Beer in California: A Pot of Gold

How you celebrate St. Patrick’s Day will vary depending on the country you reside in and the local culture. But no matter where you live, you’re sure to see a lot of green and people enjoying a beer or two. If you happen to be enjoying a beer on St. Patrick’s Day (designate a driver!), taxes are likely the farthest thing from your mind. But the numbers matter, and ultimately affect jobs, wages and growth in the industry.

California is home to the largest number of craft brewers in the nation. These breweries produce nearly 3 million barrels of beer each year, providing jobs and tax revenue throughout the state.

Graph of Number of Craft Breweries and Production by State, 2013. 383 Craft Breweries Producing ~2.95 million barrels.

In particular, one study found that the craft brewing industry in San Diego County provides an economic impact that is more than 1 ½ times greater than the economic impact of Comic-Con International, San Diego’s largest annual convention. Nearly 3,000 jobs have been created or sustained by San Diego’s craft brewing industry, and brewery tourism in the area is on the upswing. Clearly, by any measure California’s craft brewers are leading the way in this industry.

Craft brewers face many challenges in producing beer that is competitively priced compared with other mass produced beer available on the shelves.  Besides production costs, taxes can account for up to 40% of the final cost of a beer.  Currently, California levies the 29th highest excise tax of $0.20 per wine gallon, equivalent to one gallon ($6.20 per barrel), on beer brewed and sold in the state regardless of the brewer size with out-of-state sales qualifying for a credit or rebate.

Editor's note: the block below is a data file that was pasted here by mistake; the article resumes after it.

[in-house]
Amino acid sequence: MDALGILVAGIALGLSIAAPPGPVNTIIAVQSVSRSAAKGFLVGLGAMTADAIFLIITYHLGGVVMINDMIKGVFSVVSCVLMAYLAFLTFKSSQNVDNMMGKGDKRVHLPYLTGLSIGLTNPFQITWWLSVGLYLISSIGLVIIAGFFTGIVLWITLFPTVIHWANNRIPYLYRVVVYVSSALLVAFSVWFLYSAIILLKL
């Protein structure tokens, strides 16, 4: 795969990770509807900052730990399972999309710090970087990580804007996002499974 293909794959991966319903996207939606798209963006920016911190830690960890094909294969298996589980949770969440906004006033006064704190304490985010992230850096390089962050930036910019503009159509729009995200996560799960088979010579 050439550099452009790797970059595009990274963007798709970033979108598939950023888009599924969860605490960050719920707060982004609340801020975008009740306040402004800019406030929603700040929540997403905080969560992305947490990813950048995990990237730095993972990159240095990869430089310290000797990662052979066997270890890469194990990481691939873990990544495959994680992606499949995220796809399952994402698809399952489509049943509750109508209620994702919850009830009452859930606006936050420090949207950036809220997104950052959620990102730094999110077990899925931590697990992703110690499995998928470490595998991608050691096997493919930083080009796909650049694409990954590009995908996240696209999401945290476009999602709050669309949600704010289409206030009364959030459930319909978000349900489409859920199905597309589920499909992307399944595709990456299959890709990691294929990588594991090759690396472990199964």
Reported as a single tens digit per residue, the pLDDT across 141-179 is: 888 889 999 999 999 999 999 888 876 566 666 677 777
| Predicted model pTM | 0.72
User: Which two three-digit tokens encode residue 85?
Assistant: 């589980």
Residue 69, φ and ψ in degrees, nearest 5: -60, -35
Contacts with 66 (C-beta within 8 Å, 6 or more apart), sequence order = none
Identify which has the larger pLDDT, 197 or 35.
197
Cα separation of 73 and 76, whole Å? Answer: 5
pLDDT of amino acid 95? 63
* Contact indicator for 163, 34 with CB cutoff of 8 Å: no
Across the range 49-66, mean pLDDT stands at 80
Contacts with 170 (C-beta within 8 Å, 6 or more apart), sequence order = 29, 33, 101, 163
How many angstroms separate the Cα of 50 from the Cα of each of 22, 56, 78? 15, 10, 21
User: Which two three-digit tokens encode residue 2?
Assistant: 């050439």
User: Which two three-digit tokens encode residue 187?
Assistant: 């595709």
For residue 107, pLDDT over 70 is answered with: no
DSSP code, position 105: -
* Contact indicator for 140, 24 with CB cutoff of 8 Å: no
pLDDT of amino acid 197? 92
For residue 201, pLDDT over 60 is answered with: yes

Graph showing percentage breakdown of taxes in a cup of beer. Federal and state excise taxes. When you combine the federal excise tax of $18 per barrel with state duties, it amounts to four cents of every dollar spent on beer. Sales, wholesale, hotel, over-the-bar and local excise taxes. State and county taxes account for four cents of every dollar spent on beer. Federal and state business taxes. Brewers, distributers, and retailers are subject to the same taxes every other business pays. This accounts for 32 cents for every dollar spent on beer.

The Washington, D.C. based Beer Institute keys taxes as the biggest driver of beer prices. During an attempt to balance the budget in 1991, the federal government doubled the beer tax from $9.00 to $18.00 per barrel as part of a luxury tax package that included yachts, private planes and jewelry. Many craft breweries run smaller operations than the breweries that existed at the time the tax was instituted. Our breweries in California add to the widely diversified economy of our state, and many aspiring brewers look to California creations for inspiration and current trends.

Happy St. Patrick’s Day to everyone, especially our homegrown breweries here in California.

Happy St. Patrick’s Day. This St. Patty’s Day how much of your green is in every beer? Federal and state excise taxes. When you combine the federal excise tax of $18 per barrel with state duties, it amounts to four cents of every dollar spent on beer. Sales, wholesale, hotel, over-the-bar and local excise taxes. State and county taxes account for four cents of every dollar spent on beer. Federal and state business taxes. Brewers, distributers, and retailers are subject to the same taxes every other business pays. This accounts for 32 cents for every dollar spent on beer. Information provided by the National Journal.

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